This article is the third in a series on key forces shaping the insurance industry. Parts One and Two can be found here
Trend #3: Just in time: The majority of the simple covers will be bought in standard units through a marketplace/exchange, permitting just-in-time, need and exposure-based protection through mobile access.
Why can’t insurance work in the same way as Amazon, easy, seamless, one-click, no hassle, managed through your mobile and regular updates?
Actually, this is starting to become a reality. Insurers and start-ups have already taken up this challenge and significant progress is being made.
Aviva, for example, are piloting a home insurance product where customers won’t need to answer any questions and Digital Fineprint
will autofill your insurance policy application form for you by using your social media information.
See also: 10 Trends at Heart of Insurtech Revolution
Data availability and technology are enabling ‘blind rating’ of risks by insurance companies, providing guaranteed acceptance and prices to customer through direct or broker-assisted channels.
Insurance still has many consumer challenges to overcome, from a lack of understanding, lack of trust and lack of perceived benefits. If it’s considered at all, it’s often as a grudge purchase. The comment that insurance is sold not bought remains true in many instances.
As the digital economy evolves, the opportunity to change this dynamic will multiply.
The key drivers of this change are:
- Ability to interact with the customer through their mobile in real time
- Ability to offer insurance at the point of sale or time of need
- Ability to tailor the offering to the individual’s specific circumstances (location, time, activity, risk)
- Ability to leverage available information to simplify the process
Innovative start-ups like Insure-A-Thing (IAT)
are reinventing the insurance ecosystem by improving customer trust & transparency, and encouraging improved behavior through retrospective premium payments, based on actual claims.
is revolutionizing the distribution and servicing of micro-insurance products at POS through telcos and Uber-like shared economy technologies.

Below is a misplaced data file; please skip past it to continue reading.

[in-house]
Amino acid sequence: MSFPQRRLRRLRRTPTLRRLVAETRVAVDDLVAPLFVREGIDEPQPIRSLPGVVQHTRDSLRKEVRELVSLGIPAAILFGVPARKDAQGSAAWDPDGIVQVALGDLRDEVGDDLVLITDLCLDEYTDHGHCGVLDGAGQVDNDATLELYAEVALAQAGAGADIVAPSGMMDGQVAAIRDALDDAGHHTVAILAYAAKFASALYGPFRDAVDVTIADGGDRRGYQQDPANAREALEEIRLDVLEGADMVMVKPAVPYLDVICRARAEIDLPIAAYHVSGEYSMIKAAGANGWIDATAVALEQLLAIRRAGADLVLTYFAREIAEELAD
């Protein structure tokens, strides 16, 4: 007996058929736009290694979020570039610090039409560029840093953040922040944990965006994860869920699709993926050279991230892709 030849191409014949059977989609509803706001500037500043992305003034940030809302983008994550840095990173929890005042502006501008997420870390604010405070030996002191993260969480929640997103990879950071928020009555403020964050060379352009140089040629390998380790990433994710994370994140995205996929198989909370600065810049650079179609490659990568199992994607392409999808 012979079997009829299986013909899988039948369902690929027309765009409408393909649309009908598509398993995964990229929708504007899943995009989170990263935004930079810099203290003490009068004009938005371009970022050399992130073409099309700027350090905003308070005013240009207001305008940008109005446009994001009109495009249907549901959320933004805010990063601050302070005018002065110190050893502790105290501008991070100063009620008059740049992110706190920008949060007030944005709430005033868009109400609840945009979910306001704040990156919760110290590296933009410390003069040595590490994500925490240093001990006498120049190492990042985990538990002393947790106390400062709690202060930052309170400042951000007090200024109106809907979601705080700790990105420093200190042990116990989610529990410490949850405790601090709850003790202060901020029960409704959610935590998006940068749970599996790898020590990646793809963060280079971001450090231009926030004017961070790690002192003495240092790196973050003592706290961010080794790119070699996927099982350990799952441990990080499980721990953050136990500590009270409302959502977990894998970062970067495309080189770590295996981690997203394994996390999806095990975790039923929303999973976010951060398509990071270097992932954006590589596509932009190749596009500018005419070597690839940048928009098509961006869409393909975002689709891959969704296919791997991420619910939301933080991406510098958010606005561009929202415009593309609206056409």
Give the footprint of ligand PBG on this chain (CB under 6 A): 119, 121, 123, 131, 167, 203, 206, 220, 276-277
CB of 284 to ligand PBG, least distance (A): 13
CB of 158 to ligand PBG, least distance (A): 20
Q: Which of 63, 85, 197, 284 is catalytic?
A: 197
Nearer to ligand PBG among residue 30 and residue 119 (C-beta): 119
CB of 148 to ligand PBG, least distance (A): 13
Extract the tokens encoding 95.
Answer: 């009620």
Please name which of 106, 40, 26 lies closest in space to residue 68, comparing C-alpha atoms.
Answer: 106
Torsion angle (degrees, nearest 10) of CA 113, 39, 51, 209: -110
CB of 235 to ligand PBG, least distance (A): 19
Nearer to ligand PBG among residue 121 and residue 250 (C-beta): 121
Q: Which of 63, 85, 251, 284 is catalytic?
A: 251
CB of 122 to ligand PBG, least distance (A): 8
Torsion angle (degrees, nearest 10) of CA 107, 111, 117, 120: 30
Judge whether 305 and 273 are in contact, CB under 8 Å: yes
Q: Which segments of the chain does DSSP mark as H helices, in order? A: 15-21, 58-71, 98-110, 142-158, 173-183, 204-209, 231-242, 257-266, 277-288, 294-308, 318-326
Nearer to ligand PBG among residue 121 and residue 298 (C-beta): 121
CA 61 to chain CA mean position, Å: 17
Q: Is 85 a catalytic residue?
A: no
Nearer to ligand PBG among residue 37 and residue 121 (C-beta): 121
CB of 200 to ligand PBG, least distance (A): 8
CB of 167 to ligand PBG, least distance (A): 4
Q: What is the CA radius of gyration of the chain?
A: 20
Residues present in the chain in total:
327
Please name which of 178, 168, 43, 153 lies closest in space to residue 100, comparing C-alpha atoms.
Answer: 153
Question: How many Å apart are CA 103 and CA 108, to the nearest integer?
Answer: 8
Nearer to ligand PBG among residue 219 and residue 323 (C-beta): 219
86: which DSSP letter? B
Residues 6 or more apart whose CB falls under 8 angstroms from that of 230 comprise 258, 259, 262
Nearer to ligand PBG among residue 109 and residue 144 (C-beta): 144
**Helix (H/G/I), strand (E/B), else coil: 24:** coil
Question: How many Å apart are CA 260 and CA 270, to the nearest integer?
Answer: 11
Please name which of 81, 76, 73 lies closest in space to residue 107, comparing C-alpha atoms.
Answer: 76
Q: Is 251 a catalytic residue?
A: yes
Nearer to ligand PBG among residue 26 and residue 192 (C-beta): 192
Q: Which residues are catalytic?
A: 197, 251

Other examples of where this is already happening include, Kasko
which enables consumers to purchase insurance at the point of sale/demand – it’s relevant, it’s easy and it’s digital. Similarly, Spixii
, an insurance focused chatbot knows if you’re in a ski resort and willout and let you know that your travel insurance doesn’t cover extreme sports and then allow you to purchase the additional protection – again it’s relevant, it’s easy and it’s digital.
Our view is that many relatively simple personal lines products will evolve over time to these types of interactive model. Rather than standard policies covering fixed periods of time, these new products will switch on and off for the period they are needed and will cover the specific circumstances/risk. This will encourage adoption at more affordable prices and importantly demonstrate that insurance is providing real value when it’s most needed.
The sharing economy is a further example of how innovative insurance solutions are being developed to meet new and emerging consumer needs. Start-ups like Slice
are looking to provide tailored insurance protection for Airbnb property owners that switch on and off to cover the period when the property is rented.
See also: Insurance Coverage Porn
We also expect to see market place or exchange platforms being developed to help facilitate the process. Again, this is already happening. As an example, Asset Vault
allows customers to log their physical and financial assets in a secure online repository and can then help customers find and tailor optimal insurance coverage based on their specific circumstances.
We hope you enjoy these insights, and look forward to collaborating with you as we create a new insurance future.
Next article in the series: Trend #4: Solutions will continue to evolve from protection to behavioral change then to prevention – even across complex commercial insurance